What is Podiatry?
'Podiatry or podiatric medicine is a branch of medicine devoted to the study of diagnosis, medical and surgical treatment of disorders of the foot, ankle, and lower extremity. The term podiatry came into use in the early 20th century in the United States and is now used worldwide with countries such as the United Kingdom and Australia.
The scope of practice of UK podiatrists on registration after obtaining a degree in podiatry includes the use and supply of some prescription only medicines, injection therapy and non-invasive surgery e.g. performing partial or total nail resection and removal, with chemical destruction of the tissues. Podiatrists complete about 1,000 supervised clinical hours in the course of training which enables them to recognise systemic disease as it manifests in the foot and will refer on to the appropriate health care professional. Those in the NHS interface between the patients and multidisciplinary teams. The scope of practice of a podiatrist is varied.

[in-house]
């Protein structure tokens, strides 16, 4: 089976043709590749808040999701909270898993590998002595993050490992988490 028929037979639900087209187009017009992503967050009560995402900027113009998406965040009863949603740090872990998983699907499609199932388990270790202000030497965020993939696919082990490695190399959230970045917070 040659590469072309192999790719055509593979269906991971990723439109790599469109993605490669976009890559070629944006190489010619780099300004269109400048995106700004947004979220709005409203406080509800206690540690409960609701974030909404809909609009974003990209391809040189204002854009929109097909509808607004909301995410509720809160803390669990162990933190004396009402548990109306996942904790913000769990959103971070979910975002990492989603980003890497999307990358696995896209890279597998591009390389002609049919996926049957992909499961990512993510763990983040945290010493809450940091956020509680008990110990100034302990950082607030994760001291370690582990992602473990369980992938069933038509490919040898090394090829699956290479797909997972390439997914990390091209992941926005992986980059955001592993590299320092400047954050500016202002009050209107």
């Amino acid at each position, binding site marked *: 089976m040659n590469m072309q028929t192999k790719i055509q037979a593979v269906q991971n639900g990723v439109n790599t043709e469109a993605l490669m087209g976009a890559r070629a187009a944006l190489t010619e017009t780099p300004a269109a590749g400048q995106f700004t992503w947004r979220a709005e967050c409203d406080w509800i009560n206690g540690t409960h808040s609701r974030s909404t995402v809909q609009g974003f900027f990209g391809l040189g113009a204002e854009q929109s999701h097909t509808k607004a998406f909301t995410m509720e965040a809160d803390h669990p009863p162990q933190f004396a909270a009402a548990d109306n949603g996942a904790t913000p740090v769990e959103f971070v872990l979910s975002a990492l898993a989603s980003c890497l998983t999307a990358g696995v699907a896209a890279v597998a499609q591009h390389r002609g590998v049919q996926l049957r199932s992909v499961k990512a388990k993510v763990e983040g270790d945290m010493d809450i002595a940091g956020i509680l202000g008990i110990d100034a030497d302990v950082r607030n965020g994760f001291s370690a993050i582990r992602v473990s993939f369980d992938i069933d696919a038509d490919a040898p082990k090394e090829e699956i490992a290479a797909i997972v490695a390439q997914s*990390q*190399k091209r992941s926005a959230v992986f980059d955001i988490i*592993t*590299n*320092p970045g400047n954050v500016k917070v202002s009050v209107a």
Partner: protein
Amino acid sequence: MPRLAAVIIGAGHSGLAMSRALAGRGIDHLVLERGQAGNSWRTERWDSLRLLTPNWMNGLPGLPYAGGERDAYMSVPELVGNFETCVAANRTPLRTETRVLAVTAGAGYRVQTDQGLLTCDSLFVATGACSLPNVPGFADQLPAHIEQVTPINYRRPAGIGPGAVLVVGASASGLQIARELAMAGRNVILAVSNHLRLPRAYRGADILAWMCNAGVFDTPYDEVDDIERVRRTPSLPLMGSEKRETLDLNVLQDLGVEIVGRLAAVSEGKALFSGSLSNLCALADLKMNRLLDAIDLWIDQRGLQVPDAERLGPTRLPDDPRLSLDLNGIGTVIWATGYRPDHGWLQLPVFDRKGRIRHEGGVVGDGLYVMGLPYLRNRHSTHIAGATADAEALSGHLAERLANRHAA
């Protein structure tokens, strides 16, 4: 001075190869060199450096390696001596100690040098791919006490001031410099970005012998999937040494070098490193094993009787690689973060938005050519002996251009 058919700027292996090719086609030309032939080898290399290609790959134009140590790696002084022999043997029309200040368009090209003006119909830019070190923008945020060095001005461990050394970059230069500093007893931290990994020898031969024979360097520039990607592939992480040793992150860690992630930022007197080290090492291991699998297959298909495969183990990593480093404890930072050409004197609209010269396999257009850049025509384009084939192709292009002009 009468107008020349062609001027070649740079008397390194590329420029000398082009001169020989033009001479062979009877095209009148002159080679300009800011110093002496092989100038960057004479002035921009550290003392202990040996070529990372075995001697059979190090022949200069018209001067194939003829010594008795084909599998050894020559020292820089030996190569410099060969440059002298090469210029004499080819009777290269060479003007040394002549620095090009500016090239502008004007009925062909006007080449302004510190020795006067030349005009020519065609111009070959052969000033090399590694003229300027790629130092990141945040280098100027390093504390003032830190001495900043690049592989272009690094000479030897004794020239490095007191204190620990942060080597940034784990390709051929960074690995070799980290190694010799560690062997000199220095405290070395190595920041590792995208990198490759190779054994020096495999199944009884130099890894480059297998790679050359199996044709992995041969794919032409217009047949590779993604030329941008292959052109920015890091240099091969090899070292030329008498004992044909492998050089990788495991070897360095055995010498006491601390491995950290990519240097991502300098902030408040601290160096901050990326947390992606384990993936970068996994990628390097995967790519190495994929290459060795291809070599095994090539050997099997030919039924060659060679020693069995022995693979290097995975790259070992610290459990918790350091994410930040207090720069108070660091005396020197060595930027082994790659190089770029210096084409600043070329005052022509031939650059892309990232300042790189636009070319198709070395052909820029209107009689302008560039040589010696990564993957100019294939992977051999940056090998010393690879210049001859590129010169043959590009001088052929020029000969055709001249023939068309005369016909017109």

In a similar way to podiatrists in Australasia, UK podiatrists may continue their studies and qualify as podiatric surgeons. Due to recent changes in legislation, the professional titles ‘chiropodist’ and ‘podiatrist’ are now protected by law. Those using protected titles must be registered with the Health and Care Professions Council (HCPC). Registration is normally only granted to those holding a Bachelors degree from one of 13 recognized schools of podiatry in the UK. Professional bodies recognised by the Health Professions Council are : The Soceity of Chiropodsists & Podiatrists, The Alliance of Private Sector Practitioners, The Institute of Chiropodists and The British Chiropody and Podiatry Association.
A podiatrist/ chiropodist diagnoses and treats disorders, diseases and deformities of the feet. '